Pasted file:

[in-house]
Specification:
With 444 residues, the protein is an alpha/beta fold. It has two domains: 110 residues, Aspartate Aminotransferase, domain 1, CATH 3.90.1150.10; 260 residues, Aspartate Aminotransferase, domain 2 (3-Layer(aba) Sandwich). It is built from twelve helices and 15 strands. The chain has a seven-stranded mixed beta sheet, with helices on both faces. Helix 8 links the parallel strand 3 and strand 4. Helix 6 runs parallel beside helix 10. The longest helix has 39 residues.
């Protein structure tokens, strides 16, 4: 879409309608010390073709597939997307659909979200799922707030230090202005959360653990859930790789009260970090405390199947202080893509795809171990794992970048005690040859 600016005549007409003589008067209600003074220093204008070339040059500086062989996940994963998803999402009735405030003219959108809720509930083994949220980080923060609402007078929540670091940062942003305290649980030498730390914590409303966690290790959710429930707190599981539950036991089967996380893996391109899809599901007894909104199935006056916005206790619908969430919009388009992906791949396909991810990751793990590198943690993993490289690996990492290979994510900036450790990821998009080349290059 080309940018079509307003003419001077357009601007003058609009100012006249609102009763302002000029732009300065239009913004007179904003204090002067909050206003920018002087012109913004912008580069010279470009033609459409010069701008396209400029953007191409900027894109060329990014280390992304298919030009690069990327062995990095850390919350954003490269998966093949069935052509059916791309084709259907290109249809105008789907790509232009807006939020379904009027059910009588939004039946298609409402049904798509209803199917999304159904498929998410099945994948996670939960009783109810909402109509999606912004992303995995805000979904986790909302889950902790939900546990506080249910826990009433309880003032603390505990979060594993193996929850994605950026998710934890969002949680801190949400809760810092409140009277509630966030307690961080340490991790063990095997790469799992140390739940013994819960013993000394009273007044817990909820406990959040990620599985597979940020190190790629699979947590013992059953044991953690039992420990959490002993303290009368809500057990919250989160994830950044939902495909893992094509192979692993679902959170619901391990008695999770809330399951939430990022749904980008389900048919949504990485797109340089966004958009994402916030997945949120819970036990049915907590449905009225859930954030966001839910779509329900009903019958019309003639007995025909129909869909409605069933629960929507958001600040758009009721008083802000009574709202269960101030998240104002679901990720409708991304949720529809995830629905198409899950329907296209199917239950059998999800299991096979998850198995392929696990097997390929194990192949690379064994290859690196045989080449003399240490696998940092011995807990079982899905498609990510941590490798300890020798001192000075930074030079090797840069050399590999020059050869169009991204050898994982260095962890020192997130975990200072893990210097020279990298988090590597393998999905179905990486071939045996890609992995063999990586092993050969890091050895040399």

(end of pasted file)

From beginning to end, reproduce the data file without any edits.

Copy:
[in-house]
Specification:
With 444 residues, the protein is an alpha/beta fold. It has two domains: 110 residues, Aspartate Aminotransferase, domain 1, CATH 3.90.1150.10; 260 residues, Aspartate Aminotransferase, domain 2 (3-Layer(aba) Sandwich). It is built from twelve helices and 15 strands. The chain has a seven-stranded mixed beta sheet, with helices on both faces. Helix 8 links the parallel strand 3 and strand 4. Helix 6 runs parallel beside helix 10. The longest helix has 39 residues.
């Protein structure tokens, strides 16, 4: 879409309608010390073709597939997307659909979200799922707030230090202005959360653990859930790789009260970090405390199947202080893509795809171990794992970048005690040859 600016005549007409003589008067209600003074220093204008070339040059500086062989996940994963998803999402009735405030003219959108809720509930083994949220980080923060609402007078929540670091940062942003305290649980030498730390914590409303966690290790959710429930707190599981539950036991089967996380893996391109899809599901007894909104199935006056916005206790619908969430919009388009992906791949396909991810990751793990590198943690993993490289690996990492290979994510900036450790990821998009080349290059 080309940018079509307003003419001077357009601007003058609009100012006249609102009763302002000029732009300065239009913004007179904003204090002067909050206003920018002087012109913004912008580069010279470009033609459409010069701008396209400029953007191409900027894109060329990014280390992304298919030009690069990327062995990095850390919350954003490269998966093949069935052509059916791309084709259907290109249809105008789907790509232009807006939020379904009027059910009588939004039946298609409402049904798509209803199917999304159904498929998410099945994948996670939960009783109810909402109509999606912004992303995995805000979904986790909302889950902790939900546990506080249910826990009433309880003032603390505990979060594993193996929850994605950026998710934890969002949680801190949400809760810092409140009277509630966030307690961080340490991790063990095997790469799992140390739940013994819960013993000394009273007044817990909820406990959040990620599985597979940020190190790629699979947590013992059953044991953690039992420990959490002993303290009368809500057990919250989160994830950044939902495909893992094509192979692993679902959170619901391990008695999770809330399951939430990022749904980008389900048919949504990485797109340089966004958009994402916030997945949120819970036990049915907590449905009225859930954030966001839910779509329900009903019958019309003639007995025909129909869909409605069933629960929507958001600040758009009721008083802000009574709202269960101030998240104002679901990720409708991304949720529809995830629905198409899950329907296209199917239950059998999800299991096979998850198995392929696990097997390929194990192949690379064994290859690196045989080449003399240490696998940092011995807990079982899905498609990510941590490798300890020798001192000075930074030079090797840069050399590999020059050869169009991204050898994982260095962890020192997130975990200072893990210097020279990298988090590597393998999905179905990486071939045996890609992995063999990586092993050969890091050895040399």